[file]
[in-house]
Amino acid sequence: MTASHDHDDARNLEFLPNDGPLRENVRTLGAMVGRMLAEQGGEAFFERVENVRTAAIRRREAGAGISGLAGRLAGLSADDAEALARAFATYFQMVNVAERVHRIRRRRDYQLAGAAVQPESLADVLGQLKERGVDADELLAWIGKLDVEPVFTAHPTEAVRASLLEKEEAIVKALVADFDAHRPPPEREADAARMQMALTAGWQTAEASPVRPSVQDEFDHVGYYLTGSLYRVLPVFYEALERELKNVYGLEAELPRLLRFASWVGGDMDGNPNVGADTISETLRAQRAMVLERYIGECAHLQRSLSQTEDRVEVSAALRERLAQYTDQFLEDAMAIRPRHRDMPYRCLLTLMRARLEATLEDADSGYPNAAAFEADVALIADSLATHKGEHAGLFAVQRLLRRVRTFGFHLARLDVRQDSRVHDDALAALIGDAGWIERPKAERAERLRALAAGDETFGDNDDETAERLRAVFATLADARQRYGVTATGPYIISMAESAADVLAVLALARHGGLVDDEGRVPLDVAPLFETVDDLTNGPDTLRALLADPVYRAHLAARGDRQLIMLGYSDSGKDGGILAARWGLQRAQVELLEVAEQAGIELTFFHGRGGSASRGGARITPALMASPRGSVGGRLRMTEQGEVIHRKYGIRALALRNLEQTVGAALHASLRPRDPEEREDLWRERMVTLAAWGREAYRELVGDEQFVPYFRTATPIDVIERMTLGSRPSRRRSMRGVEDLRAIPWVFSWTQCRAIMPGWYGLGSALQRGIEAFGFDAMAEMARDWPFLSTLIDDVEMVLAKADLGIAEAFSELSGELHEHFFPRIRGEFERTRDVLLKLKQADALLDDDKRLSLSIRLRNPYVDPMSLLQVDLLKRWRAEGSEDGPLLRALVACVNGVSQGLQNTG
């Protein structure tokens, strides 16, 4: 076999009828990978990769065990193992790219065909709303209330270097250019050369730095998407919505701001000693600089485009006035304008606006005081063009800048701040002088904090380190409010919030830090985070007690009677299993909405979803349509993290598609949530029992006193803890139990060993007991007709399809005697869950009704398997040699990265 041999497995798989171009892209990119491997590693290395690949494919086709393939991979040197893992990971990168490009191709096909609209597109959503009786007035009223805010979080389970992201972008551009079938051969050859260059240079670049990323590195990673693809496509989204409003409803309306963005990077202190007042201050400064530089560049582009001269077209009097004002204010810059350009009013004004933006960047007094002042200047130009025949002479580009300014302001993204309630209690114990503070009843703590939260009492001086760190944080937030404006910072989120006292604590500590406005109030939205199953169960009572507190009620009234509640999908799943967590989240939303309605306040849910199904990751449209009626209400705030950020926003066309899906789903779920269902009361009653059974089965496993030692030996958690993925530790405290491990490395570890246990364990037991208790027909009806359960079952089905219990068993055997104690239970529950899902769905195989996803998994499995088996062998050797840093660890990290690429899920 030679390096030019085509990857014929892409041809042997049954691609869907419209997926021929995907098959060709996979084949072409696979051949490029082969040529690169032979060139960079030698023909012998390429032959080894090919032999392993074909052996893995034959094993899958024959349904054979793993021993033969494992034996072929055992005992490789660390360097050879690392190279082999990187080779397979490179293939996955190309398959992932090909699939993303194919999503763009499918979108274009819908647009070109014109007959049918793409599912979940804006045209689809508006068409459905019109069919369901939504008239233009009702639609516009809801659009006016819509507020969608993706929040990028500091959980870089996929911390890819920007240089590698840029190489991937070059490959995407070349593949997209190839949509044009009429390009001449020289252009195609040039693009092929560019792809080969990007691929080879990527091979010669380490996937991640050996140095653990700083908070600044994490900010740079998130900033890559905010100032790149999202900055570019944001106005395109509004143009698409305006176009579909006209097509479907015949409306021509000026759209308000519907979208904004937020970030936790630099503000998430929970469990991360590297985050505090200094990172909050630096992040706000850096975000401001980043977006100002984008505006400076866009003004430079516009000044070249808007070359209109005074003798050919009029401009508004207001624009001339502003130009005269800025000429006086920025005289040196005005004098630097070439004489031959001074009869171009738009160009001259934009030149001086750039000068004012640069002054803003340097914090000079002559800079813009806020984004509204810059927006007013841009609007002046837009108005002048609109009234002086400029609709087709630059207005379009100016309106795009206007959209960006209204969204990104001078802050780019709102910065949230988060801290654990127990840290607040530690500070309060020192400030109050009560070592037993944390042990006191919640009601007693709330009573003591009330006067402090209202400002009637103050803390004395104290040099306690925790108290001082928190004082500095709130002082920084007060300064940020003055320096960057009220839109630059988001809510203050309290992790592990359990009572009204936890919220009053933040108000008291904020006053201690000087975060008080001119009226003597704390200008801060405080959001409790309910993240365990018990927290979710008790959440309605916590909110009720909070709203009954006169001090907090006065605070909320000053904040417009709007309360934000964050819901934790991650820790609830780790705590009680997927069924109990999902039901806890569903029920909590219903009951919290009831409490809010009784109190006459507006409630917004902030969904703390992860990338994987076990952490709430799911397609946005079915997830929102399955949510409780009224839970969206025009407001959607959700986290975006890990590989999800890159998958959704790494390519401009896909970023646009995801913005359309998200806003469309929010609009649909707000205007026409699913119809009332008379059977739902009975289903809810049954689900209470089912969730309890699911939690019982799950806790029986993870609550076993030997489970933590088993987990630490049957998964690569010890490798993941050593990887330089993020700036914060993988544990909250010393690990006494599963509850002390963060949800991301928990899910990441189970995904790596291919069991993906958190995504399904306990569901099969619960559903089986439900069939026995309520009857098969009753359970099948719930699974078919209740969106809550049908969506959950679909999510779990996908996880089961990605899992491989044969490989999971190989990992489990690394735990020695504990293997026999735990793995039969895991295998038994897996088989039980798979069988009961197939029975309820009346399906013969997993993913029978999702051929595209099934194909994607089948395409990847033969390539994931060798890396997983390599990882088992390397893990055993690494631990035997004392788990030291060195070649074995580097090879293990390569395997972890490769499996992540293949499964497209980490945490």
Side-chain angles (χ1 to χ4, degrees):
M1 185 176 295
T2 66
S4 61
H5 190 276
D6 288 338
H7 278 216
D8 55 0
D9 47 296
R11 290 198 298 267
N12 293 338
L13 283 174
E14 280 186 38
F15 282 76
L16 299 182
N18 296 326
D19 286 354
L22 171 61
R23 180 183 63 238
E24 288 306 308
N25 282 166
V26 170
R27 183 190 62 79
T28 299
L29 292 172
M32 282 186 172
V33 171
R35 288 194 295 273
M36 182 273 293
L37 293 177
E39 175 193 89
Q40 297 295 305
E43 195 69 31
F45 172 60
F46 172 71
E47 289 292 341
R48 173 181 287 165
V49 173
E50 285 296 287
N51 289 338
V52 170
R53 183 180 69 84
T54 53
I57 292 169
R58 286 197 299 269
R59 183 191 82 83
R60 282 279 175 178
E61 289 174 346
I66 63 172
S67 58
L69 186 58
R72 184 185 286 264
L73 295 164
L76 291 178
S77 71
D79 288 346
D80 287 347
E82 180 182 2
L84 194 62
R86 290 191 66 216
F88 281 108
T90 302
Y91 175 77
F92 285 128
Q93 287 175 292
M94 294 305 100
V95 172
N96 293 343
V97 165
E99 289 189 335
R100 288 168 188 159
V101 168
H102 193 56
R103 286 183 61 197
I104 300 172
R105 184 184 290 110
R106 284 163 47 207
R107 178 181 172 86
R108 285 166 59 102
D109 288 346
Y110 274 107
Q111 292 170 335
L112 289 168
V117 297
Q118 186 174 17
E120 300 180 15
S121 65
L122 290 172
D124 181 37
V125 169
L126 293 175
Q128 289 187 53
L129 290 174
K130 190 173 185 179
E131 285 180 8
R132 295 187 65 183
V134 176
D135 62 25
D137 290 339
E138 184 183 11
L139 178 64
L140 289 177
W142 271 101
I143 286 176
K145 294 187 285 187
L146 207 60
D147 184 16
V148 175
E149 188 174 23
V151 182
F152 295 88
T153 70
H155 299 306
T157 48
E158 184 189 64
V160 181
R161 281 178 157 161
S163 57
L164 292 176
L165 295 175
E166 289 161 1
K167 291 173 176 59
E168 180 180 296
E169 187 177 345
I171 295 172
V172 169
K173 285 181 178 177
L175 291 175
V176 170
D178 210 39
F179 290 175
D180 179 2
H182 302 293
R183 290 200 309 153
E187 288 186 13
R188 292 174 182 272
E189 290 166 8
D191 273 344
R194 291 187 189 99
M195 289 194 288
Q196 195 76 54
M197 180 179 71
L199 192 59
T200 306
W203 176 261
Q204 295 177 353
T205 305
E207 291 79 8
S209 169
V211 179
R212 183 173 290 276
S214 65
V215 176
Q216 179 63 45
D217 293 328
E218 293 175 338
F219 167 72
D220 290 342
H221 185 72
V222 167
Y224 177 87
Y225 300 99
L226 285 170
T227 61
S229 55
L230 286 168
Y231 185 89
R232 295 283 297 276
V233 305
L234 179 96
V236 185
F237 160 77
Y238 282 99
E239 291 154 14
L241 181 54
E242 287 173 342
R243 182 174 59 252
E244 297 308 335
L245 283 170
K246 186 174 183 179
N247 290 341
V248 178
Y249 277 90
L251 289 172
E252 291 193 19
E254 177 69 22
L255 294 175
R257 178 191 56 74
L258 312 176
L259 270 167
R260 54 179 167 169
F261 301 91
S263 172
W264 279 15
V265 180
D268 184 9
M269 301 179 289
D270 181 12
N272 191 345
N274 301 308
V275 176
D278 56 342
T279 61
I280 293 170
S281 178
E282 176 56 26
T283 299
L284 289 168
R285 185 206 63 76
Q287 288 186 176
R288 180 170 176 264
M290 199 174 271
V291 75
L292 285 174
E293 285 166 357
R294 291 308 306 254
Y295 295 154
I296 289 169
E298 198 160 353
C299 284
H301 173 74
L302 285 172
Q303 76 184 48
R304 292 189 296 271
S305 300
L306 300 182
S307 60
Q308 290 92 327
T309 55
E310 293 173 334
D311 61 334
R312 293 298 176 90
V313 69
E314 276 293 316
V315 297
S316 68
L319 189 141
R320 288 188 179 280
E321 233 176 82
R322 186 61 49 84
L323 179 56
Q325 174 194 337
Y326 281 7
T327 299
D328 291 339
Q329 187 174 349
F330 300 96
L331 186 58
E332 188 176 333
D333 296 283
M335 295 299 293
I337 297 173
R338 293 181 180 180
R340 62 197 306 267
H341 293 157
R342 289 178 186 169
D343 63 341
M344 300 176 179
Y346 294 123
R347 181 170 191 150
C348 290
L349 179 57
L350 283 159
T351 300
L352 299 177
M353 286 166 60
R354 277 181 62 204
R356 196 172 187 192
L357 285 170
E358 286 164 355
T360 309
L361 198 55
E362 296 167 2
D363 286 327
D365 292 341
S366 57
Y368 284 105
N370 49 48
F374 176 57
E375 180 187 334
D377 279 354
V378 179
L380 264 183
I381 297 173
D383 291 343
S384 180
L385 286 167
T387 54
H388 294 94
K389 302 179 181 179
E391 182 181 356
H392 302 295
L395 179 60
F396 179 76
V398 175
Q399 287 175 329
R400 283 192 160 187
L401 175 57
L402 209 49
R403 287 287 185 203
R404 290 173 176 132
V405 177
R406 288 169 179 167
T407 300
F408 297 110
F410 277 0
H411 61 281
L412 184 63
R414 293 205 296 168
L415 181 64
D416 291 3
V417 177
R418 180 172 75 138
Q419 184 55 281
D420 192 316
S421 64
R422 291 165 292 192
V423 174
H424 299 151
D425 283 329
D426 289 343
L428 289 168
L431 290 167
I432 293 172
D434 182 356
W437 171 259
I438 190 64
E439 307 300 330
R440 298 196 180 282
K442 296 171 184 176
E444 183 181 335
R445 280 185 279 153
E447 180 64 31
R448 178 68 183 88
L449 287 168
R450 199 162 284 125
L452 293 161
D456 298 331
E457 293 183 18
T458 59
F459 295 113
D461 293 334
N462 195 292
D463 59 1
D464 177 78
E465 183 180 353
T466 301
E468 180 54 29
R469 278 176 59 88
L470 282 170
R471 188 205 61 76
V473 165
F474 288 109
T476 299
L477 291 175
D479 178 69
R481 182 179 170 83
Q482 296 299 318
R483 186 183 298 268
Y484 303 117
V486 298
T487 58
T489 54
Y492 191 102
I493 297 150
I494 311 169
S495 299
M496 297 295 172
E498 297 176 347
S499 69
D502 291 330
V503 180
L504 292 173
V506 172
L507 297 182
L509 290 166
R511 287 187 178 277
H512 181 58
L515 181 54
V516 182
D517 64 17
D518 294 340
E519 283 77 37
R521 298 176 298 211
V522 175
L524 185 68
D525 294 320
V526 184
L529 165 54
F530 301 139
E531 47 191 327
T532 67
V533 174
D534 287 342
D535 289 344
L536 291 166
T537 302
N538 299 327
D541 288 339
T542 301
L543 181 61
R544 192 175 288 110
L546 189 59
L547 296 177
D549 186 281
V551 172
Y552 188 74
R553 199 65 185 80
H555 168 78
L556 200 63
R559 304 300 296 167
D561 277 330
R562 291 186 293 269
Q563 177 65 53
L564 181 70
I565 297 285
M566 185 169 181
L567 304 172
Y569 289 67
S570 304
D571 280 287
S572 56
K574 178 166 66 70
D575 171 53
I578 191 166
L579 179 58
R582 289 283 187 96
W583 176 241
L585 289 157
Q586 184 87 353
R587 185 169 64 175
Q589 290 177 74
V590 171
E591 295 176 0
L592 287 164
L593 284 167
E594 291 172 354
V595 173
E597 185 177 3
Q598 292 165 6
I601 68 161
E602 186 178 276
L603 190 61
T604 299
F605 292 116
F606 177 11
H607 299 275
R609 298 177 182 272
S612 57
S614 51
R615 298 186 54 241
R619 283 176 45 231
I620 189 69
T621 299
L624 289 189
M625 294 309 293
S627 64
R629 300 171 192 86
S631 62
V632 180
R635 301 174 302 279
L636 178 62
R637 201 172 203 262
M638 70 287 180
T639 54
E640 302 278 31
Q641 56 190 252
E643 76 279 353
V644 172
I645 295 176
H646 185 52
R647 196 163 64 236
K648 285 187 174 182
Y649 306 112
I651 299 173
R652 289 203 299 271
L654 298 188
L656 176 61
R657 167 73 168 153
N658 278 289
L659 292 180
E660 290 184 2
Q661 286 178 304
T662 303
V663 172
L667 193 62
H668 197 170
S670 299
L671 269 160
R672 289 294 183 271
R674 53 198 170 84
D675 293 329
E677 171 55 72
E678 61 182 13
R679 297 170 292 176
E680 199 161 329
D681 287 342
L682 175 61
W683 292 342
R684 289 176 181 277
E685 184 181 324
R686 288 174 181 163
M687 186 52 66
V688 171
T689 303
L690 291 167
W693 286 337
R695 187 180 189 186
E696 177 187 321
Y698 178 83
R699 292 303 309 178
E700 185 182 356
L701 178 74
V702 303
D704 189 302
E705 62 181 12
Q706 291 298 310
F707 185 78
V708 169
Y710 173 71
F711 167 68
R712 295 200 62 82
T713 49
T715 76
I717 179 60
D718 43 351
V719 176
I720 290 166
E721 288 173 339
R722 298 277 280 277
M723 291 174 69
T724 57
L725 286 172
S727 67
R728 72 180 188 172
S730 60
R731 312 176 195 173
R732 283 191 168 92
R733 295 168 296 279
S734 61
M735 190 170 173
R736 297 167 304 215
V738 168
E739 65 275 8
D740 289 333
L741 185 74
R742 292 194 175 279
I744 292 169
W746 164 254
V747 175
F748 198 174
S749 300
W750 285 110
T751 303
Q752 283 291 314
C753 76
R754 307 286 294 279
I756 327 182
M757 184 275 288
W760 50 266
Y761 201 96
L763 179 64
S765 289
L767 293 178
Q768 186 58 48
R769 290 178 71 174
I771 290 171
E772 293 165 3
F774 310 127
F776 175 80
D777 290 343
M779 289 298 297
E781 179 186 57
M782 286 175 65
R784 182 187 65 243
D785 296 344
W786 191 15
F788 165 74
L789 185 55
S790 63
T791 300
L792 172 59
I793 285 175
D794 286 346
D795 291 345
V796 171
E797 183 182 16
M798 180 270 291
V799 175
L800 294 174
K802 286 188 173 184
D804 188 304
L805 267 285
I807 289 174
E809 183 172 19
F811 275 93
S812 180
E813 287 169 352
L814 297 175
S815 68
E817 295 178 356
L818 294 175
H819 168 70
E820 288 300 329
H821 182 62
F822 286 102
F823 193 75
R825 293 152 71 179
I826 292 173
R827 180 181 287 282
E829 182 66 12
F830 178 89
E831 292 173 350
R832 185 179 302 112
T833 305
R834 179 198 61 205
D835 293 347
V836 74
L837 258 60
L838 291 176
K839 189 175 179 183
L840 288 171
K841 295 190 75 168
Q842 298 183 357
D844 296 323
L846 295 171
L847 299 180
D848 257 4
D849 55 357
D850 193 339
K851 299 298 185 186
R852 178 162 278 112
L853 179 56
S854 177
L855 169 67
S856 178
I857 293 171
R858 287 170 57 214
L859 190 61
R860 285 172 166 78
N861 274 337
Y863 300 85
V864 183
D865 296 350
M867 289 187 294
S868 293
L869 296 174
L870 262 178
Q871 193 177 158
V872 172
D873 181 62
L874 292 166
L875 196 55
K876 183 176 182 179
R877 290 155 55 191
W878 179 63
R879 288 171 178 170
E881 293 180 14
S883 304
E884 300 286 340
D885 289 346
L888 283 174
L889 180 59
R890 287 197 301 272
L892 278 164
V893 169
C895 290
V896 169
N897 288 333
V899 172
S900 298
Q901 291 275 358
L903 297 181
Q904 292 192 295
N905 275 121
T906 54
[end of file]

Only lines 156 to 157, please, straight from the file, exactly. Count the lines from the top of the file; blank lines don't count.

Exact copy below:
V215 176
Q216 179 63 45